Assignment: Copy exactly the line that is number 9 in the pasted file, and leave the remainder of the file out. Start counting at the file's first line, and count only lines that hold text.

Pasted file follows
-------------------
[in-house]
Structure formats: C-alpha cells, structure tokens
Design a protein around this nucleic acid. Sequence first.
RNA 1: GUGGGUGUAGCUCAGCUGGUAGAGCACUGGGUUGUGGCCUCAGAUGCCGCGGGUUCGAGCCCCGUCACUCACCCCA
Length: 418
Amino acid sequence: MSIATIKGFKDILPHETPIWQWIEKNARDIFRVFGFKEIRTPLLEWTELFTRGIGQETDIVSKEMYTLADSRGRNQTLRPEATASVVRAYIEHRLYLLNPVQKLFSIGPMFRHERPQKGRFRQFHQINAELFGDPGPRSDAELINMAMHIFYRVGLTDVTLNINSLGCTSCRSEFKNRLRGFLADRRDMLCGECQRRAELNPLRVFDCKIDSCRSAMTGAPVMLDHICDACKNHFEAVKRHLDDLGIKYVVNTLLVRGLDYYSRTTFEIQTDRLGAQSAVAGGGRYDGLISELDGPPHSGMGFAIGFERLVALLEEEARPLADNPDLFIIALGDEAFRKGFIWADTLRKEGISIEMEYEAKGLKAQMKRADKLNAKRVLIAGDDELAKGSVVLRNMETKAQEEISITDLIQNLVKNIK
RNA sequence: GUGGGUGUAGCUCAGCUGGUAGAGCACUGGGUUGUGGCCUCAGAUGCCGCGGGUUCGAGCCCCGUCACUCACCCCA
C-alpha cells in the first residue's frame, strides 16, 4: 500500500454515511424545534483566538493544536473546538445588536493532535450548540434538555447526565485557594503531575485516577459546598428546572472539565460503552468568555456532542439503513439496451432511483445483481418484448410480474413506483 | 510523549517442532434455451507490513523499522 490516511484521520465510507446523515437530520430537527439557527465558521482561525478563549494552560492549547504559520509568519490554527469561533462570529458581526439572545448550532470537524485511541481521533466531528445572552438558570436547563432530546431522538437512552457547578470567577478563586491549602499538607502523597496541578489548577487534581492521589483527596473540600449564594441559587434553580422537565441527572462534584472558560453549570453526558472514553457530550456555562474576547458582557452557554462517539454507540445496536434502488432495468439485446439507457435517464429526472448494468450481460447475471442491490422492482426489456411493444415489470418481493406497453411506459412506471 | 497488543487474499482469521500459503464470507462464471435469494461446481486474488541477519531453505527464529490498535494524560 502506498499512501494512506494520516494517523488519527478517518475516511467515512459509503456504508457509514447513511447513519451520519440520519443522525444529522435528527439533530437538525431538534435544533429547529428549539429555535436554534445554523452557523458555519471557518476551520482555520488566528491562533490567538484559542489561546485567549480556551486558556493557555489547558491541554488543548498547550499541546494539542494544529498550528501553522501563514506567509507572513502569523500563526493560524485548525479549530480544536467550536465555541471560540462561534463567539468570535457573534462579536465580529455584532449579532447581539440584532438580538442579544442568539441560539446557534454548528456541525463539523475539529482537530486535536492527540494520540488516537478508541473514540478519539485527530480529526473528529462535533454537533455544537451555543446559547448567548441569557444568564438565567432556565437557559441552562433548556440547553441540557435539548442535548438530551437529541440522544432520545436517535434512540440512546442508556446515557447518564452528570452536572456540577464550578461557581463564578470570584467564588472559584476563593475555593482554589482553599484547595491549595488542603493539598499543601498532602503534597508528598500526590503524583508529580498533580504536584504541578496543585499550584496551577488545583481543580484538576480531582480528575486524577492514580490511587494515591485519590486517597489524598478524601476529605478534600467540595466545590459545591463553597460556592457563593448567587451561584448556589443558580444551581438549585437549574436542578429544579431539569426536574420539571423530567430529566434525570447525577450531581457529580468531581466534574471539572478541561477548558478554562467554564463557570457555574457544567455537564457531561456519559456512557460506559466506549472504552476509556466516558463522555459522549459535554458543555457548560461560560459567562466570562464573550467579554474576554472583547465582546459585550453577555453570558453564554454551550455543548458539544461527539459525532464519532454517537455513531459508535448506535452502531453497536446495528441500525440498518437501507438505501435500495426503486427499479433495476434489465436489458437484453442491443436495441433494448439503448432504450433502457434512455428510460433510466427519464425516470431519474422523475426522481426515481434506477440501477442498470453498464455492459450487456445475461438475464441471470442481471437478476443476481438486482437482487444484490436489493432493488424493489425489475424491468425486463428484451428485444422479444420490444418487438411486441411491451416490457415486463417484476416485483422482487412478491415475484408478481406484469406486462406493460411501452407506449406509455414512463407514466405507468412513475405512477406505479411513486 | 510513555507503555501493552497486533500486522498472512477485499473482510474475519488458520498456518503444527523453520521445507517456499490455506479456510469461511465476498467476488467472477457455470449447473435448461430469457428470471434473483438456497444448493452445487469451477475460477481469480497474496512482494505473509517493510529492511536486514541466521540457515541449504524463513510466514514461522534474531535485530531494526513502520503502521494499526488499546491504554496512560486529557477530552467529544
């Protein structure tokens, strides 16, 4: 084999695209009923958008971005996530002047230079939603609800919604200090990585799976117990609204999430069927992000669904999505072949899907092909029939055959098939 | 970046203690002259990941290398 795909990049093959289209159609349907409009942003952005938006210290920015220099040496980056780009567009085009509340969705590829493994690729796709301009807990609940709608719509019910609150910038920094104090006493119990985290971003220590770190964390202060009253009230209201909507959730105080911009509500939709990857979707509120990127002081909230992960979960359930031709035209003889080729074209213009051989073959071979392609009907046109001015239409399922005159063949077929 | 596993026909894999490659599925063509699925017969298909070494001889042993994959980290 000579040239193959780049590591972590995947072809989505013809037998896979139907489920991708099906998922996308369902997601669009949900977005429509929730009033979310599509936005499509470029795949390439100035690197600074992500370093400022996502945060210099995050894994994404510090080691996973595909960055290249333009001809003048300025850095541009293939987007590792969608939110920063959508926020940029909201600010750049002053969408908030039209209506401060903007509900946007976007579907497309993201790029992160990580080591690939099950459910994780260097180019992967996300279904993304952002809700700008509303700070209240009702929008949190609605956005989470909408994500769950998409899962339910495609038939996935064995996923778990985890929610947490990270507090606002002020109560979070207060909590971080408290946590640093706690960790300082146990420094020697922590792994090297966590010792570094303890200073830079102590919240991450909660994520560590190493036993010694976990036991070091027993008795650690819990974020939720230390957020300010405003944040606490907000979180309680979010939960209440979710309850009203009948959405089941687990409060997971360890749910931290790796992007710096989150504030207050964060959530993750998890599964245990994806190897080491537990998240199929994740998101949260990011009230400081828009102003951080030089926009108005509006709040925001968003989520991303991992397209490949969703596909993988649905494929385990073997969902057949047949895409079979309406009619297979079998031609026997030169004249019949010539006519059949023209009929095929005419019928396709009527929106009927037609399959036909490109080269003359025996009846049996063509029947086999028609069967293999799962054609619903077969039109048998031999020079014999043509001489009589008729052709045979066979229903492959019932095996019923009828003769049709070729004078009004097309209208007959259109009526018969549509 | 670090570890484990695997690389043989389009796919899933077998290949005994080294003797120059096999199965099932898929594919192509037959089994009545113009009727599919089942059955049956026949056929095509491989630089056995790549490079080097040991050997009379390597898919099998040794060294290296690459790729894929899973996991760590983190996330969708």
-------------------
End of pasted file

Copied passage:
């Protein structure tokens, strides 16, 4: 084999695209009923958008971005996530002047230079939603609800919604200090990585799976117990609204999430069927992000669904999505072949899907092909029939055959098939 | 970046203690002259990941290398 795909990049093959289209159609349907409009942003952005938006210290920015220099040496980056780009567009085009509340969705590829493994690729796709301009807990609940709608719509019910609150910038920094104090006493119990985290971003220590770190964390202060009253009230209201909507959730105080911009509500939709990857979707509120990127002081909230992960979960359930031709035209003889080729074209213009051989073959071979392609009907046109001015239409399922005159063949077929 | 596993026909894999490659599925063509699925017969298909070494001889042993994959980290 000579040239193959780049590591972590995947072809989505013809037998896979139907489920991708099906998922996308369902997601669009949900977005429509929730009033979310599509936005499509470029795949390439100035690197600074992500370093400022996502945060210099995050894994994404510090080691996973595909960055290249333009001809003048300025850095541009293939987007590792969608939110920063959508926020940029909201600010750049002053969408908030039209209506401060903007509900946007976007579907497309993201790029992160990580080591690939099950459910994780260097180019992967996300279904993304952002809700700008509303700070209240009702929008949190609605956005989470909408994500769950998409899962339910495609038939996935064995996923778990985890929610947490990270507090606002002020109560979070207060909590971080408290946590640093706690960790300082146990420094020697922590792994090297966590010792570094303890200073830079102590919240991450909660994520560590190493036993010694976990036991070091027993008795650690819990974020939720230390957020300010405003944040606490907000979180309680979010939960209440979710309850009203009948959405089941687990409060997971360890749910931290790796992007710096989150504030207050964060959530993750998890599964245990994806190897080491537990998240199929994740998101949260990011009230400081828009102003951080030089926009108005509006709040925001968003989520991303991992397209490949969703596909993988649905494929385990073997969902057949047949895409079979309406009619297979079998031609026997030169004249019949010539006519059949023209009929095929005419019928396709009527929106009927037609399959036909490109080269003359025996009846049996063509029947086999028609069967293999799962054609619903077969039109048998031999020079014999043509001489009589008729052709045979066979229903492959019932095996019923009828003769049709070729004078009004097309209208007959259109009526018969549509 | 670090570890484990695997690389043989389009796919899933077998290949005994080294003797120059096999199965099932898929594919192509037959089994009545113009009727599919089942059955049956026949056929095509491989630089056995790549490079080097040991050997009379390597898919099998040794060294290296690459790729894929899973996991760590983190996330969708």